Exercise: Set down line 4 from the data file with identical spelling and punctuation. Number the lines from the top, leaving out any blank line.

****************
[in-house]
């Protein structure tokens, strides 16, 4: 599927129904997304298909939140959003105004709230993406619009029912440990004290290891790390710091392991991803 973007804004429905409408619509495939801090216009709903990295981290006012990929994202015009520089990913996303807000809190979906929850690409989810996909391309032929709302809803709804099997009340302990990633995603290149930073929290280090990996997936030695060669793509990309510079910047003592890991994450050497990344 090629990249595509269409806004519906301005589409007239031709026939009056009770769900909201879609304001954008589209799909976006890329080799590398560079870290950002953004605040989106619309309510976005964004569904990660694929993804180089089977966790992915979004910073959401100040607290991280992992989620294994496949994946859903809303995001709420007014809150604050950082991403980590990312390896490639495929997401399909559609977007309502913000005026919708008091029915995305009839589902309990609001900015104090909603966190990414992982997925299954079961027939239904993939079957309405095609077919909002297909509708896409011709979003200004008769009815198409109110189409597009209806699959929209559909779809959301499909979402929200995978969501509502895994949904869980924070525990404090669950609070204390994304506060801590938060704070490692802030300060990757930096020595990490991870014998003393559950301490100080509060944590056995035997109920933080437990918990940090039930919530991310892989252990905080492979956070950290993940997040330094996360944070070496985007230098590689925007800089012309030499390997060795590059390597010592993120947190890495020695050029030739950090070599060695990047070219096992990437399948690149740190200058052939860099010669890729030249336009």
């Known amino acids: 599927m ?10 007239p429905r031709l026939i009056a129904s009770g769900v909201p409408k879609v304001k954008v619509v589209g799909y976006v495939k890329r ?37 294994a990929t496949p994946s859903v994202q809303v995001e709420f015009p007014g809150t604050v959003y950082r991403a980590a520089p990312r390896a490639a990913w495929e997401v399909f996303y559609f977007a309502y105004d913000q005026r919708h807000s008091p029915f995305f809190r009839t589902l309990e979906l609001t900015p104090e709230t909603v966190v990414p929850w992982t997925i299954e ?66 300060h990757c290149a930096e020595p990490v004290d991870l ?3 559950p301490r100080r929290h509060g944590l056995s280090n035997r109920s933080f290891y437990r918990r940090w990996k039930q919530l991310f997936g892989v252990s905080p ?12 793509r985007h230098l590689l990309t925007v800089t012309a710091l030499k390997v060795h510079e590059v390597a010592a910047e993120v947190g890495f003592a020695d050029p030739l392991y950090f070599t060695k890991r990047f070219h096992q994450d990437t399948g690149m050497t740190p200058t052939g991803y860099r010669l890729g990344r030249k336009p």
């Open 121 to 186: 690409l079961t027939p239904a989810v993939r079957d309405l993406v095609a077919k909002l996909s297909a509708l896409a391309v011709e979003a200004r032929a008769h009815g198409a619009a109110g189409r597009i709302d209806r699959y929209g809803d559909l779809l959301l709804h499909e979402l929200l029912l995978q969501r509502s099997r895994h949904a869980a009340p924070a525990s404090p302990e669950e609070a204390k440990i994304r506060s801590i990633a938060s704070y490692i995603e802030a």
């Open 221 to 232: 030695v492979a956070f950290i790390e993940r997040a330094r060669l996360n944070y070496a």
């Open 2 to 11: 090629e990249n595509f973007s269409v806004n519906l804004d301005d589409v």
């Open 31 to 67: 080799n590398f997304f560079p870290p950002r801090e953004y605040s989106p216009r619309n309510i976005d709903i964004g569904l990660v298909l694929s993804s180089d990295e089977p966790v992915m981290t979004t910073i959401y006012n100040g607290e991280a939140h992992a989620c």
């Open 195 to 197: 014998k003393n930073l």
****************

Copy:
């Open 121 to 186: 690409l079961t027939p239904a989810v993939r079957d309405l993406v095609a077919k909002l996909s297909a509708l896409a391309v011709e979003a200004r032929a008769h009815g198409a619009a109110g189409r597009i709302d209806r699959y929209g809803d559909l779809l959301l709804h499909e979402l929200l029912l995978q969501r509502s099997r895994h949904a869980a009340p924070a525990s404090p302990e669950e609070a204390k440990i994304r506060s801590i990633a938060s704070y490692i995603e802030a």